Simon Wiesenthal, the Holocaust survivor who helped track down Nazi war criminals following World War II, then spent the later decades of his life fighting anti-Semitism and prejudice against all people, died Tuesday. He was 96.
Wiesenthal died in his sleep at his home in Vienna, said Rabbi Marvin Hier, dean and founder of the Simon Wiesenthal Center in Los Angeles.
“I think he’ll be remembered as the conscience of the Holocaust. In a way he became the permanent representative of the victims of the Holocaust, determined to bring the perpetrators of the greatest crime to justice,” Hier told The Associated Press.
Wiesenthal, who was an architect before World War II, changed his life’s mission after the war, dedicating himself to trying to track down Nazi war criminals and to being a voice for the 6 million Jews who died during the onslaught. He himself lost 89 relatives in the Holocaust.
Wiesenthal spent more than 50 years hunting Nazi war criminals, speaking out against neo-Nazism and racism, and remembering the Jewish experience as a lesson for humanity. Through his work, he said, some 1,100 Nazi war criminals were brought to justice.
“When history looks back I want people to know the Nazis weren’t able to kill millions of people and get away with it,” he once said.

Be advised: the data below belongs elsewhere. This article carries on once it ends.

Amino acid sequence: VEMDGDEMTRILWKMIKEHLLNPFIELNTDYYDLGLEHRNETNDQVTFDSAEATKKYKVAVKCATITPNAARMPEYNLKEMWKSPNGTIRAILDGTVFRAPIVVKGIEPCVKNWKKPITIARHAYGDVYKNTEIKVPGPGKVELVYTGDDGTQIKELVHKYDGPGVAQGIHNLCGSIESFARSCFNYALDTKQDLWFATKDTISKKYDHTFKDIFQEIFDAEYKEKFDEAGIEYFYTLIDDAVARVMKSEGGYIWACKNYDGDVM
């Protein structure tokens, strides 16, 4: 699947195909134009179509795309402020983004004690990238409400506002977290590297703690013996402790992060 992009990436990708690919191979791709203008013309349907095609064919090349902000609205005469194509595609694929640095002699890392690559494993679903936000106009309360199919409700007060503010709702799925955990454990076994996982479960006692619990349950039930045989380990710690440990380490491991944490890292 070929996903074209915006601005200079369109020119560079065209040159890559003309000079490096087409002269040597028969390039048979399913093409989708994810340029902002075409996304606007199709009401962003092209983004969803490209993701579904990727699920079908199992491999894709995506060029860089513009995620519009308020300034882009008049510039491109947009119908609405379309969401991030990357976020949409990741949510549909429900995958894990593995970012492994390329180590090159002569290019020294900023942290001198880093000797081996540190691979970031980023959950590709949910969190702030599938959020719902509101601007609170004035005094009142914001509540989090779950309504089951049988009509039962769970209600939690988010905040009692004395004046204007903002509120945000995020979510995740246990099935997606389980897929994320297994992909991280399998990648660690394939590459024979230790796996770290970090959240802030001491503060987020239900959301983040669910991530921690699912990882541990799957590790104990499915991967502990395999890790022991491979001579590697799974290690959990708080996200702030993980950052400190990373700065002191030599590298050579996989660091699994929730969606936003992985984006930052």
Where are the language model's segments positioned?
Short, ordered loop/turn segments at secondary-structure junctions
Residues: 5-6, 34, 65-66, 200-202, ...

The Israeli Foreign Ministry said Tuesday that Wiesenthal “brought justice to those who had escaped justice.”
“He acted on behalf of 6 million people who could no longer defend themselves,” ministry spokesman Mark Regev said. “The state of Israel, the Jewish people and all those who oppose racism recognized Simon Wiesenthal’s unique contribution to making our planet a better place.”
Concentration camp survivor
Calls of remorse poured into Wiesenthal’s office in Vienna, where one of his longtime assistants, Trudi Mergili, struggled to deal with her grief.
“It was expected,” she said. “But it is still so hard.”
Wiesenthal was first sent to a concentration camp in 1941, outside Lviv, Ukraine, according to the Wiesenthal Center Web site. In October 1943, he escaped from the Ostbahn camp just before the Germans began killing all the inmates. He was recaptured in June 1944 and sent back to Janwska, but escaped death as his SS guards retreated westward with their prisoners from the Soviet Red Army.
Wiesenthal’s quest began after the Americans liberated the Mauthausen death camp in Austria where Wiesenthal was a prisoner in May 1945. It was his fifth death camp among the dozen Nazi camps in which he was imprisoned, and he weighed just 99 pounds when he was freed. He said he quickly realized “there is no freedom without justice,” and decided to dedicate “a few years” to that mission.